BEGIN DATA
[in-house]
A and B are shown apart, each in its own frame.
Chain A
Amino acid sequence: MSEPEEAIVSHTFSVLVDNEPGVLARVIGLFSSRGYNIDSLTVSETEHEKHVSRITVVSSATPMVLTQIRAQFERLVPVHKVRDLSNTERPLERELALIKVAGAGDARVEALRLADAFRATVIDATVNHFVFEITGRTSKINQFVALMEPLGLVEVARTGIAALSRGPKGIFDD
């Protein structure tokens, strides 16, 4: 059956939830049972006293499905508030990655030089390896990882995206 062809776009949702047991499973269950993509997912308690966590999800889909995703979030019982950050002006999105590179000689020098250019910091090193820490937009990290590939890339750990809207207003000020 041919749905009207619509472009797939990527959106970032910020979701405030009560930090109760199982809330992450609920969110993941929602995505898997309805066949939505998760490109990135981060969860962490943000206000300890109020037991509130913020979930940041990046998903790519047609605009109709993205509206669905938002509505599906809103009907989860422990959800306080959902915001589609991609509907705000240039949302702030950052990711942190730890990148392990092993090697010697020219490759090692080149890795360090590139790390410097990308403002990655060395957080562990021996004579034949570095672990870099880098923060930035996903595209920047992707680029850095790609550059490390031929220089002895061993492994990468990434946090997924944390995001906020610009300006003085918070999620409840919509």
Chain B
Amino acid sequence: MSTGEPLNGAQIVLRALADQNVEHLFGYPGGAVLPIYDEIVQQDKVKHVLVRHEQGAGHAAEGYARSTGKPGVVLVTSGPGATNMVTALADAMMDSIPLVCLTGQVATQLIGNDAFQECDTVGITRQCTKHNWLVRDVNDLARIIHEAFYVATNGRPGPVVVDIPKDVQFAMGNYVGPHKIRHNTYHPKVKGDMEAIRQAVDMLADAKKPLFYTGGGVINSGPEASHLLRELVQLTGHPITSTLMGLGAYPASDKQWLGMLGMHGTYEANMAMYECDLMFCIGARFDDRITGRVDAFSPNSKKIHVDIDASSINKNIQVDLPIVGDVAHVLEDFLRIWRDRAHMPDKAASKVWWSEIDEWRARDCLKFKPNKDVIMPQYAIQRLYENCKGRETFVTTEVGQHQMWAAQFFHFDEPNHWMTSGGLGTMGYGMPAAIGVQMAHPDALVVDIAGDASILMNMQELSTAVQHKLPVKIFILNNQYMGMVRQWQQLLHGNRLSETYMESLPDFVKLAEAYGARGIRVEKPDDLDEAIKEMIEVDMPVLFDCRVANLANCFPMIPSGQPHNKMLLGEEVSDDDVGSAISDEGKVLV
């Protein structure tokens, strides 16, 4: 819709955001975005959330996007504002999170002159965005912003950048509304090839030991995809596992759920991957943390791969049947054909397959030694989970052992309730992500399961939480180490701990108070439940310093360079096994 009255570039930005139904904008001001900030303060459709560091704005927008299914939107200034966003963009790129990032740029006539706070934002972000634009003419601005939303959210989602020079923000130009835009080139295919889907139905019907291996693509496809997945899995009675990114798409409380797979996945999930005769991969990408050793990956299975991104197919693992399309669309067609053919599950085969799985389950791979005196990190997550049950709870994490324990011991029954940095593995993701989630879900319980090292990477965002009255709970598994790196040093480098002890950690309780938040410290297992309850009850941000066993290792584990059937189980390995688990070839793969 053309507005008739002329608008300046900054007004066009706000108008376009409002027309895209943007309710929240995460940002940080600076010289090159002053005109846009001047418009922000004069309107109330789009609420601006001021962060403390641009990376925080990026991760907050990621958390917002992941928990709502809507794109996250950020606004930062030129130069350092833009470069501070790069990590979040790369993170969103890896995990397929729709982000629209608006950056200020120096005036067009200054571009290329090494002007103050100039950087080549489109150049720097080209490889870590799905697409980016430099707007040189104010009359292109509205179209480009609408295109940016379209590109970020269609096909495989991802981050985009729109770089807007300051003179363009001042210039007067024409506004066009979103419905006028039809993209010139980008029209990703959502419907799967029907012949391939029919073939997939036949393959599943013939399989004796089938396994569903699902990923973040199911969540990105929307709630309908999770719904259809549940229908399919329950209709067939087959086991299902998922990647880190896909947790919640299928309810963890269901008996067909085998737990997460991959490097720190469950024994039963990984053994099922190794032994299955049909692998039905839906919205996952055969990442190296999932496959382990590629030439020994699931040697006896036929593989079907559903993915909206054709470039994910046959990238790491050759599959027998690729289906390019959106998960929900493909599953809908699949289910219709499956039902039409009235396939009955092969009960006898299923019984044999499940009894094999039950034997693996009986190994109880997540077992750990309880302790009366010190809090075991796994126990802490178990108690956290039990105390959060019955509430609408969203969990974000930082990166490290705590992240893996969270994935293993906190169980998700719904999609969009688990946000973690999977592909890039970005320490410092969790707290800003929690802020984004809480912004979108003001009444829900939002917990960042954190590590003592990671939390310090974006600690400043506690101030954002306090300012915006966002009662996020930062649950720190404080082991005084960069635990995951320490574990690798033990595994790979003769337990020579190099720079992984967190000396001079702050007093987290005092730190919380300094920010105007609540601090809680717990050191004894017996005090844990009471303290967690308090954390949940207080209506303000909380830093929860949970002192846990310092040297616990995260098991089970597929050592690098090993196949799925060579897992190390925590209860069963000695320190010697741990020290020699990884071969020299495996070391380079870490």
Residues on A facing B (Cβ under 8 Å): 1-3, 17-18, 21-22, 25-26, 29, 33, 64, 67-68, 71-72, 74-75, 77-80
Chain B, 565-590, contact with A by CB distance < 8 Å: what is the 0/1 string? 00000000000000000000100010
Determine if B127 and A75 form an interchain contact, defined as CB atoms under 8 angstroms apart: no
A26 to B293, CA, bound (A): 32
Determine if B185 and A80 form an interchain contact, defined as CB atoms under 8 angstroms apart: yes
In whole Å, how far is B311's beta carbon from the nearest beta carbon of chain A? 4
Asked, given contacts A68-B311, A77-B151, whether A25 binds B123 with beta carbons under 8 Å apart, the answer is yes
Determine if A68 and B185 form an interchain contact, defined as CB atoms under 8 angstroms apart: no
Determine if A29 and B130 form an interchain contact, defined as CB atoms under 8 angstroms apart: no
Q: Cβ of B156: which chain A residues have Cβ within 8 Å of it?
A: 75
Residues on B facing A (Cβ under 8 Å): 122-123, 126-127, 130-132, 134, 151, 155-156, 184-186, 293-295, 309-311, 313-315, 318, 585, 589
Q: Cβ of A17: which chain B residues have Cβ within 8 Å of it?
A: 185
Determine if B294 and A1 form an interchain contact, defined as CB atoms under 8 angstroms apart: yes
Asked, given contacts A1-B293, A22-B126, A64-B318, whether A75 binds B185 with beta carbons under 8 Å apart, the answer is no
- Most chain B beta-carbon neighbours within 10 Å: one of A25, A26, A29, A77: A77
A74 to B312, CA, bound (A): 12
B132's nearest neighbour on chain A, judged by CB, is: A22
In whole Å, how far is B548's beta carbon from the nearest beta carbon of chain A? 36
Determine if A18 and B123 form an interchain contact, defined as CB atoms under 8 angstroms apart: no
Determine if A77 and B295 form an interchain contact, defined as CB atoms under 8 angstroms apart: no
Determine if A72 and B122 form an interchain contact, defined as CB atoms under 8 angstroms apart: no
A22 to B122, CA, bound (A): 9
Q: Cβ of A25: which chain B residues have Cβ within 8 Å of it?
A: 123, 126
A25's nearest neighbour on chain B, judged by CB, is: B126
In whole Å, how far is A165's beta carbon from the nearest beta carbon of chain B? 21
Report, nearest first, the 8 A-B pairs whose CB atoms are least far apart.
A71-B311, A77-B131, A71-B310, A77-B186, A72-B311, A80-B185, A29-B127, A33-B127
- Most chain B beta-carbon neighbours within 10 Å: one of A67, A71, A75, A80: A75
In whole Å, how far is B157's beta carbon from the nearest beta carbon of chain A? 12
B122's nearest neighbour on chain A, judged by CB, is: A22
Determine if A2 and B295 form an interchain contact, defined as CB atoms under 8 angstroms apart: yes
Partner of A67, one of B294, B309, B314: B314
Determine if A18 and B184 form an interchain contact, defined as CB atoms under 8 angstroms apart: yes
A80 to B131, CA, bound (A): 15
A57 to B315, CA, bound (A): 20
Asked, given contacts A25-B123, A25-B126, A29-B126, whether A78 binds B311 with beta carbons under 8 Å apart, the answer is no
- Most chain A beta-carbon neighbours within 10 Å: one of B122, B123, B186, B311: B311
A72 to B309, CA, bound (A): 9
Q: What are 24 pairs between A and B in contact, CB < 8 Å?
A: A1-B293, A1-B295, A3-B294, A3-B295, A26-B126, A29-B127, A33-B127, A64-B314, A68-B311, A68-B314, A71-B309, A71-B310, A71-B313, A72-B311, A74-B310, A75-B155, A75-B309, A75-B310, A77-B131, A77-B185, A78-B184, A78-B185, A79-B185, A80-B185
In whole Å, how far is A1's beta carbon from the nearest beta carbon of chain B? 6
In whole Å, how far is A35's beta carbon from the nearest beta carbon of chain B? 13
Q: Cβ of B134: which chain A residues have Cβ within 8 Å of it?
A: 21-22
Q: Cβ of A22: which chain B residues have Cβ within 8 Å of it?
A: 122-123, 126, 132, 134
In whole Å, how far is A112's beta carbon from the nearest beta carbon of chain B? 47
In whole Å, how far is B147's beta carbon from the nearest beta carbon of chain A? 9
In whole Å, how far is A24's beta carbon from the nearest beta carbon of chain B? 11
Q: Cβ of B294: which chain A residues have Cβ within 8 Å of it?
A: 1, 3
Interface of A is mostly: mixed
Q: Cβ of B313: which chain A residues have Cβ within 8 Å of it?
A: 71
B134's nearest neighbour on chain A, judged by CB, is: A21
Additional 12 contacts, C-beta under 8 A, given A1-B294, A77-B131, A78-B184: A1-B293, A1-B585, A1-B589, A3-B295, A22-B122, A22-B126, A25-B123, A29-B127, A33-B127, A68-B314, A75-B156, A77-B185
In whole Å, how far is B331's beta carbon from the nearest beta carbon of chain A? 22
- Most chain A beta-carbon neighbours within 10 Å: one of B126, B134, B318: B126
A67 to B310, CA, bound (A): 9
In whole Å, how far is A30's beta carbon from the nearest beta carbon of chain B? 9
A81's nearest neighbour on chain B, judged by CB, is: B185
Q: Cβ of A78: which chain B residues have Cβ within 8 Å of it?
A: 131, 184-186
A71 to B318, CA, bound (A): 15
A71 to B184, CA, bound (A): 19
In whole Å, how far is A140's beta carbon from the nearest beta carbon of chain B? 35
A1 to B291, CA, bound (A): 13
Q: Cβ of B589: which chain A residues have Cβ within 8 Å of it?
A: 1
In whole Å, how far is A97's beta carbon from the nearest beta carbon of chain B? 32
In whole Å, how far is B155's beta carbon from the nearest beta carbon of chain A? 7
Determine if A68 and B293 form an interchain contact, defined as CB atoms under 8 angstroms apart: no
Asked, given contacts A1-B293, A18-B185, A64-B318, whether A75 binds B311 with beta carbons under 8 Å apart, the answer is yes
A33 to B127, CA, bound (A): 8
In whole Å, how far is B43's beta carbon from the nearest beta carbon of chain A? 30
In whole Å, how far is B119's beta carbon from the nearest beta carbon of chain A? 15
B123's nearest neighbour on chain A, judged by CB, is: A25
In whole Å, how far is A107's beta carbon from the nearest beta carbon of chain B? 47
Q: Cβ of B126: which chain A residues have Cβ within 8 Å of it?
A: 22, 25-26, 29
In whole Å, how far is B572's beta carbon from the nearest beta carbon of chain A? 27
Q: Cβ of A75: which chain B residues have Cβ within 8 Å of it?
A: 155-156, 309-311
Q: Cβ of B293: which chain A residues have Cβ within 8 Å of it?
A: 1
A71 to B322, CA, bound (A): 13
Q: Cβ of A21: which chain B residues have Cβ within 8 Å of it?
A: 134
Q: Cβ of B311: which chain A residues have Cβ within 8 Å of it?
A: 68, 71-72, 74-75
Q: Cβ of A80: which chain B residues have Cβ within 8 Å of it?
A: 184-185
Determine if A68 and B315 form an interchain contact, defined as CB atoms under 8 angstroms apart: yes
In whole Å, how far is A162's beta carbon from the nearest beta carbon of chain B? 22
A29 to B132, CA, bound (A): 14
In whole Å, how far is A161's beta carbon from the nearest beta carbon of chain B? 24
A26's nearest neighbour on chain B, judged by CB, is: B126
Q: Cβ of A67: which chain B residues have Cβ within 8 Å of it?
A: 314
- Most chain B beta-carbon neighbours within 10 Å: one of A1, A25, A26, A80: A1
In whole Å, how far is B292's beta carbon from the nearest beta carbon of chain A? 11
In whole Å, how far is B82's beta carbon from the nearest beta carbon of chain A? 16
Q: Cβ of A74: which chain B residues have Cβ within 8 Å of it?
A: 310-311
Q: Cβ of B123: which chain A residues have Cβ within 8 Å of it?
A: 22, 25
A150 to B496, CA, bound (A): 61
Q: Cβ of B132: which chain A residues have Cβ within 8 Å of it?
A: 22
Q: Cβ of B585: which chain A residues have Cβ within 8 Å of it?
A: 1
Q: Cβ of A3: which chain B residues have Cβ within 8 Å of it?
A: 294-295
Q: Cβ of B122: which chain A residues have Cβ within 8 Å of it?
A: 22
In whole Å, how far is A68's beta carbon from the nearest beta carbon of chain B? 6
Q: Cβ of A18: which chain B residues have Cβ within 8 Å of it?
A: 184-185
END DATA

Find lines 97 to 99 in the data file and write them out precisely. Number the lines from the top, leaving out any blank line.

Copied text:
A71 to B322, CA, bound (A): 13
Q: Cβ of A21: which chain B residues have Cβ within 8 Å of it?
A: 134